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  • noun

Synonyms for allograft

tissue or organ transplanted from a donor of the same species but different genetic makeup


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References in periodicals archive ?
Banff schema for grading liver allograft rejection: an international consensus document.
TIM-3 is a type I membrane protein preferentially expressed on terminally differentiated Th1 cells that seems to be central in the mechanisms of allograft rejection (15).
It has been shown that miRNAs may be associated with allograft rejection, ischemia-reperfusion injury, and fibrosis after kidney and other solid organ transplantations.
Teraoka, "Lobular damage caused by cellular and humoral immunity in liver allograft rejection," Clinical Transplantation, vol.
In addition, the serum cortisol would not be expected to have any influence on the patient's propensity to experience allograft rejection. The data support the safety of discontinuing steroids for patients with an AM cortisol value of at least 8 ng/dL and the distribution of the cortisol measurements suggests that this is a good discriminator with very few patients near the cut point.
As transplant vasculopathy is a kind of allograft rejection, there is a need to investigate the effect of ERCs on the treatment of it.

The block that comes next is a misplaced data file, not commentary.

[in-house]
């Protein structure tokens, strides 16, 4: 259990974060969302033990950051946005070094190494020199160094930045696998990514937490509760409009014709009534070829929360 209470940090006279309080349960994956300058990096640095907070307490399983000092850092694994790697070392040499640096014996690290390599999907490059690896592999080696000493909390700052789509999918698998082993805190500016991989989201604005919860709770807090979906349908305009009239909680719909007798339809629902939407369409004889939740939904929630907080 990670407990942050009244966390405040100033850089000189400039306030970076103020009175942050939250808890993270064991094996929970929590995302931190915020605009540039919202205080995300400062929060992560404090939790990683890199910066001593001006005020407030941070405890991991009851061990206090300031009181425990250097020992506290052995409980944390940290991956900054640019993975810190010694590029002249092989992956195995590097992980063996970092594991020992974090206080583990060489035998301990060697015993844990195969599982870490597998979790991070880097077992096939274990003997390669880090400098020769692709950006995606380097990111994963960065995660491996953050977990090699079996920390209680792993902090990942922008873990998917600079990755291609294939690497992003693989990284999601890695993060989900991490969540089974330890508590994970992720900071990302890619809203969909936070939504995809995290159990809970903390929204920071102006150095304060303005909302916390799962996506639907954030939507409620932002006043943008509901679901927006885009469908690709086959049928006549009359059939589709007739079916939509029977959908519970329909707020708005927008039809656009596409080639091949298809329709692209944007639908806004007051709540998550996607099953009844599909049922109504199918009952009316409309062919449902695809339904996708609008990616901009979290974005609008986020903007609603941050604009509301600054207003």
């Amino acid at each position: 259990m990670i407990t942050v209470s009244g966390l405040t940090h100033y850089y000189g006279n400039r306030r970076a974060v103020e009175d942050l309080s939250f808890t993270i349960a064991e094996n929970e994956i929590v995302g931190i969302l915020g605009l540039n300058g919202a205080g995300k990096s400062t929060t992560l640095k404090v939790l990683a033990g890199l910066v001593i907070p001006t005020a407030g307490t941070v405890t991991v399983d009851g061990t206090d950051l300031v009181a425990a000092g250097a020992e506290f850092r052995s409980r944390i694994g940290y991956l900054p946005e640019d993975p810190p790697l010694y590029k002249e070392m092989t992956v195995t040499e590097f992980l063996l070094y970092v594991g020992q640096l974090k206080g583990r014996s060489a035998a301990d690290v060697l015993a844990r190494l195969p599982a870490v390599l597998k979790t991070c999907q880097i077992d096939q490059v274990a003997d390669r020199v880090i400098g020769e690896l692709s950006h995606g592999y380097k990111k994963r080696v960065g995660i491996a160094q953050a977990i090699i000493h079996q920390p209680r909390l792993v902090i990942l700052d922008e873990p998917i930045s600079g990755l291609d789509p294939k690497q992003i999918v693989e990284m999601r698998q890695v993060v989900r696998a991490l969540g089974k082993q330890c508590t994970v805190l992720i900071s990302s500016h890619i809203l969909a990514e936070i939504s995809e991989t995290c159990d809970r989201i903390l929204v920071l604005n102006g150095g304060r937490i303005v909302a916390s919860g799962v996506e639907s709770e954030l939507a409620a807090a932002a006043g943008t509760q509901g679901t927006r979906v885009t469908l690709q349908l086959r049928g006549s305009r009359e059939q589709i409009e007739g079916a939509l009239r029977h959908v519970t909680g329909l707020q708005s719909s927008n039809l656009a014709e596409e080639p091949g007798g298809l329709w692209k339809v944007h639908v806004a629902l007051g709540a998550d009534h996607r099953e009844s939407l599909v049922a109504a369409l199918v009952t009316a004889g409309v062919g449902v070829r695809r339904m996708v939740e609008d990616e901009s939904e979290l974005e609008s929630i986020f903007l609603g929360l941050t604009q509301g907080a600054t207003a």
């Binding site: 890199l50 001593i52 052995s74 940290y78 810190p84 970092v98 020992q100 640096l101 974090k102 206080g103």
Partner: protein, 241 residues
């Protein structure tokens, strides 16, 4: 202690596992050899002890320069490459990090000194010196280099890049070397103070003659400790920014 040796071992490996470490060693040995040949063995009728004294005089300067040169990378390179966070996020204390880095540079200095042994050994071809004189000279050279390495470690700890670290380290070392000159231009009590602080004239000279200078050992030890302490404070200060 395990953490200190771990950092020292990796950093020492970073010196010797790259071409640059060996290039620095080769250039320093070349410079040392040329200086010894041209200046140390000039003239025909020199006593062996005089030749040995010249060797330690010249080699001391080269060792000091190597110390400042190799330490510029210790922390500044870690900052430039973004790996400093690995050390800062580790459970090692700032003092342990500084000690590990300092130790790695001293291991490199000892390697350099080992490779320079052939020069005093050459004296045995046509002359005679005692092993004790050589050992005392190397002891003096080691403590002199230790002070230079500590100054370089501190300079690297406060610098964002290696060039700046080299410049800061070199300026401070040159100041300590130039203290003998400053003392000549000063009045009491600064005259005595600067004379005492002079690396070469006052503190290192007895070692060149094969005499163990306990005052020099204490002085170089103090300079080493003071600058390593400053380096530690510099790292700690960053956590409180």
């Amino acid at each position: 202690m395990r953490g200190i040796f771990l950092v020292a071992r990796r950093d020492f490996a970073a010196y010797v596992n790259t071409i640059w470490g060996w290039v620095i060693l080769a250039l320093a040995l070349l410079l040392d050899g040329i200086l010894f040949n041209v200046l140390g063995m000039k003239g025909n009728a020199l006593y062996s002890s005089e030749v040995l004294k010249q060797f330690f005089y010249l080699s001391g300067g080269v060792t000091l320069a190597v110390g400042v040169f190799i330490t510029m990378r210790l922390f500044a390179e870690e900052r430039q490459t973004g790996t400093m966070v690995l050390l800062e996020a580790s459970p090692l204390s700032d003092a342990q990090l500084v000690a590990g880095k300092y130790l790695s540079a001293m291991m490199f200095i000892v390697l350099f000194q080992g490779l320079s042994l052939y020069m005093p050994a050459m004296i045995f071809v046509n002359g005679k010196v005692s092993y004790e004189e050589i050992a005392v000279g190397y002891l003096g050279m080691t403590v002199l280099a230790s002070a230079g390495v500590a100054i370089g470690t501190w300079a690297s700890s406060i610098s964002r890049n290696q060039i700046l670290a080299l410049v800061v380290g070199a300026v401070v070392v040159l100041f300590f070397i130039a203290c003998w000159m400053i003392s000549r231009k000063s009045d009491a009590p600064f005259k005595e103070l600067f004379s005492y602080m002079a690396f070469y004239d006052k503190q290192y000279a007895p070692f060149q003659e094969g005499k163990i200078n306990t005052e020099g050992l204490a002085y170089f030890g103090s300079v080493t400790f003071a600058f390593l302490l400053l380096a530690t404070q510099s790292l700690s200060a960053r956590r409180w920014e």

Antretter et al., "B-type natriuretic peptide as a marker of allograft rejection after heart transplantation," The Journal of Heart and Lung Transplantation, vol.
Corneal allograft rejection is a delayed-type hypersensitivity reaction (DTH), and CD4+ T cells are the predominant cell type in this process.
Allograft rejection is a serious complication in lung transplant because of potential acute graft dysfunction or failure and/or subsequent complications that can lead to chronic graft failure.
Corneal allograft rejection is a multifaceted process that involves complex interactions between cells of innate and adaptive immunity.
The canonical variables originated from disease pathways including HTLV-I infection, herpes simplex infection, Epstein-Barr virus infection, viral carcinogenesis, viral myocarditis, type I diabetes mellitus, graft-versus-host disease, autoimmune thyroid disease, allograft rejection, pathways in cancer, influenza A, proteoglycans in cancer, tuberculosis, transcriptional misregulation in cancer, Huntington's disease, toxoplasmosis, hepatitis B, measles, microRNAs in cancer, hepatitis C, and Alzheimer's disease.
The principle challenge in kidney transplantation is the suppression of allograft rejection. Thus, use of immunosuppressive drugs (ID) is inevitable.
Pathology results "were reminiscent of those observed in patients with acute allograft rejection after cardiac transplantation," Dr.